The Russo-German Energy Pincer

Workers stand by a pipe during a ceremony to mark the beginning of the construction of Nord Stream offshore pipeline

Earlier this month, the world’s largest pipe-laying vessel, the Solitaire, began work on the Gulf of Finland section of the Nord Stream natural gas pipeline.

The vessel’s name is appropriate, as the pipeline represents Germany’s choice to go it alone in achieving energy security within the European Union. Nord Stream, one of the longest and most complex undersea pipeline projects ever conceived, runs directly from Russia to Germany on the Baltic Sea bed. It avoids the Baltic states, the Nordics and Poland, affording Germany its own €7.4 billion privileged link to Russian resources.

In the same week that the Solitaire began laying its pipe, Poland was set to begin work on its own Baltic Sea project: a terminal for liquefied natural gas (LNG) at Swinoujscie. At the moment, Polish consumers are heavily dependent on Russia for their natural-gas needs—a reality that doesn’t sit well in Warsaw given the perennially problematic relations with Moscow. Russia has in the past cut transit of gas through Ukraine, denied oil to Lithuania and enshrines in its national-security strategy the use of energy resources as a foreign-policy tool. Starting in 2014, then, the almost €800 million LNG terminal would allow for 30%-40% of Polish gas needs to come by tanker from places like Qatar.

One would think that as part of its stated policy of improving relations with Warsaw, Chancellor Angela Merkel’s government would seek to repair intra-EU mistrust on energy security. But Germany will have none of that. Part of its plan to make Nord Stream worthwhile is to sell gas to the Poles—that is, Russian gas, but from the opposite direction. The LNG terminal therefore, is in direct competition with what Polish Foreign Minister Radek Sikorsky has called the Molotov-Ribbentrop pipeline. So, just before the start of the terminal’s construction, Berlin issued a formal complaint, saying its placement is a cross-border issue and may violate the Espoo Convention, the same environmental agreement used by Poland and Germany’s other neighbors to protest against Nord Stream, delaying its construction for several years. The tables have turned. And now Berlin is looking to Brussels for support.

At the end of August, Germany voted against providing an €80 million EU subsidy to kick-start construction of the Swinoujscie terminal. Now, representatives of Germany’s E.On Ruhrgas and Wintershall, together with Russia’s Gazprom—all Nord Stream partners—are said to be lobbying hard in Brussels for support for an environmental re-evaluation of Poland’s LNG plans that could set the project back two to three years. With Nord Stream due to be finished in 2012, its consortium, which also includes the Netherlands’ Gasunie and France’s GDF Suez, will then have ample time to strong-arm Polish consumers into accepting a deal. As Warsaw has just renewed its import contract with Gazprom for another 15 years of gas through the Yamal-Europe pipeline from the east, Berlin’s plans would amount to a Russo-German energy pincer of Poland.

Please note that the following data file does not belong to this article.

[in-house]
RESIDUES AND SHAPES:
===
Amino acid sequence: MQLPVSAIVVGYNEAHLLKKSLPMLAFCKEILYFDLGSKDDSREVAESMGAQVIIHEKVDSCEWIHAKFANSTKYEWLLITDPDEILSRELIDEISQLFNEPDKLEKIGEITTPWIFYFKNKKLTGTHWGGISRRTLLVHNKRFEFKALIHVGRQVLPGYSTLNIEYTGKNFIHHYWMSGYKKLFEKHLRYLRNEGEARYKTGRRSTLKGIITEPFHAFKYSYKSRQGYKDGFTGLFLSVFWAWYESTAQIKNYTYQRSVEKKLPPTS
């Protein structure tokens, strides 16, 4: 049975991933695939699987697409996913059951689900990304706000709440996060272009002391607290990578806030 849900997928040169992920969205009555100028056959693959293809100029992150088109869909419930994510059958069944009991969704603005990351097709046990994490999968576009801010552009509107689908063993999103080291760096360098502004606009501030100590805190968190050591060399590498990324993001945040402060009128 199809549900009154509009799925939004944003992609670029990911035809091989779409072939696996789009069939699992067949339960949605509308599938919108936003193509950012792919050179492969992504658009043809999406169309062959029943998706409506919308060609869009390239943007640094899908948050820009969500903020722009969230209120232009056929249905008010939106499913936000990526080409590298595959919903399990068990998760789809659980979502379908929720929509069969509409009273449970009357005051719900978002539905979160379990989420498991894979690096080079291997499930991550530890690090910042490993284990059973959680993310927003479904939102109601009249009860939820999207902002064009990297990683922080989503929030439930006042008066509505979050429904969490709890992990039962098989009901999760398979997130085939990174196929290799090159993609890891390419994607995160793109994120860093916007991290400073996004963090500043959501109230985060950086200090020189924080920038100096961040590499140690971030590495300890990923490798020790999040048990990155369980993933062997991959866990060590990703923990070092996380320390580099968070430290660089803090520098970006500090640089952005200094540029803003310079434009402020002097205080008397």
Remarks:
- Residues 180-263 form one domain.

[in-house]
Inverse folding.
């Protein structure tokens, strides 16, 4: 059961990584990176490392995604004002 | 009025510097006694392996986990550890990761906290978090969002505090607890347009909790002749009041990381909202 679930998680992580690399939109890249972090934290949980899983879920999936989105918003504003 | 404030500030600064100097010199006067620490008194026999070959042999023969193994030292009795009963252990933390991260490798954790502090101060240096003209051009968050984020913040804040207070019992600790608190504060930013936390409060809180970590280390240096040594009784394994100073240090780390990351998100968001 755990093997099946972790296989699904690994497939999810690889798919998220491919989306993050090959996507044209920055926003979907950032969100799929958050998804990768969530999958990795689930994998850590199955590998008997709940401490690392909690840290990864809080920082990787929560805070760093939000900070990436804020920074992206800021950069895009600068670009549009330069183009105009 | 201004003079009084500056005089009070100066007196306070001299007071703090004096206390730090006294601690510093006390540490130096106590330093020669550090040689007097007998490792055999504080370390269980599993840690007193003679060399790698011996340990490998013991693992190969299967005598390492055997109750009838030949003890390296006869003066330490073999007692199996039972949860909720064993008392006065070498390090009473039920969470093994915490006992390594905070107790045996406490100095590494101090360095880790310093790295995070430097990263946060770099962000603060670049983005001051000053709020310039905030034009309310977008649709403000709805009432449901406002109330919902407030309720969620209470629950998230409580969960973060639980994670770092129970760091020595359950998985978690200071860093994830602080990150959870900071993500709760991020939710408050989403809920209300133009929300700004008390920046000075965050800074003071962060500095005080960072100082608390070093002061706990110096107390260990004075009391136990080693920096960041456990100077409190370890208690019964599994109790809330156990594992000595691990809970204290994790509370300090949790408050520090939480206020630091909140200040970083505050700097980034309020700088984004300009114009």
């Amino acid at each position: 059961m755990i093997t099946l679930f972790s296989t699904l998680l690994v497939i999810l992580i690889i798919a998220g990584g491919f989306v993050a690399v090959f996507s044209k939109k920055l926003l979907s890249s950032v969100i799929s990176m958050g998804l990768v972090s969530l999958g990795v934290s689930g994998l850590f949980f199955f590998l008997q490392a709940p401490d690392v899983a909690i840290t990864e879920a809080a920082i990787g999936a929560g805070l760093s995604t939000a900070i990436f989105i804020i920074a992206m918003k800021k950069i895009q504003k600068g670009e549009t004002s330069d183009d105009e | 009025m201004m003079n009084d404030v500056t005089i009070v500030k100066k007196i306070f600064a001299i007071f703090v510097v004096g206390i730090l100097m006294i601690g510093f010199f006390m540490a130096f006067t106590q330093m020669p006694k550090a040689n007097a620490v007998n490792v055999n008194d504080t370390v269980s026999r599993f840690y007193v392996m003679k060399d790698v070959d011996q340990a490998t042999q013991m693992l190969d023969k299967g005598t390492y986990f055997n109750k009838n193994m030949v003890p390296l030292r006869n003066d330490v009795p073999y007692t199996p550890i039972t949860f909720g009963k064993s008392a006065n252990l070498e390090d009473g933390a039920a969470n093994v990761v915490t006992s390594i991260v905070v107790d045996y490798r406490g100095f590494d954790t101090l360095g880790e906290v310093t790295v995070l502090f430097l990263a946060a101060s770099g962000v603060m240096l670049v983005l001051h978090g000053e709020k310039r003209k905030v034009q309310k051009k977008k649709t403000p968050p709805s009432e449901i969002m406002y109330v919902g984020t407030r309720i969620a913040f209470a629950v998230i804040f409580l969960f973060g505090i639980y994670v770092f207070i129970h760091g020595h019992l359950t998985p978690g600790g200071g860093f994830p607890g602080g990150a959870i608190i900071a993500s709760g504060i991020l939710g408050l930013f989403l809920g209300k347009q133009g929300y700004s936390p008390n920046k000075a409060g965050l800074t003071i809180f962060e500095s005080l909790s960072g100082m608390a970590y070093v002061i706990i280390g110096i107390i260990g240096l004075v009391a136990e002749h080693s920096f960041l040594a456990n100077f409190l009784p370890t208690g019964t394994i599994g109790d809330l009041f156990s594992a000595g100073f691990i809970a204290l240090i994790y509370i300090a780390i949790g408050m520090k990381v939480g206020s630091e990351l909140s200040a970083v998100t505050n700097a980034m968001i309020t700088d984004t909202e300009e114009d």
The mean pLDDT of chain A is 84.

It’s not just Polish energy security that is at stake. EU aims for greater energy solidarity among member states begin to look laughable when its largest economy so blatantly undermines them. It is one thing to move forward with an exclusive pipeline that essentially positions Germany as Russia’s distributor in Central Europe, but it is quite another to actively attempt to scuttle a neighboring member-state’s energy diversification plans at the EU level.

Poland’s deputy finance minister, Mikolaj Budzanowski, has said that Polskie LNG will probably move forward with the Swinoujscie terminal even without EU funding. But the issue here is not whether the terminal gets built. It is about high-profile bickering by two EU member states about bird habitats in the Baltic, while Russia’s Vladimir Putin—who once complained “Why does everything have to go through Poland?”—savors another victory for his energy weapon.

The European Commission is set to decide at the end of the month whether or not it will fund the LNG terminal. The symbolism of this decision is difficult to overstate. The EU’s energy commissioner is German, but Günther Oettinger is not close to Mrs. Merkel and has vowed to be a champion of EU energy solidarity. This is an opportunity for him, as well as Commission President José Manuel Barroso, to draw a line in the sand, to send a message that their talk about a common EU energy policy is not just wishful thinking. Step one in that process: Teach the Solitaire player Bridge.

Alexandros Petersen is a nonresident senior fellow with the Atlantic Council’s Dinu Patriciu Eurasia Center. This interview was originally published in The Wall Street Journal. Photo credit: Getty Images.

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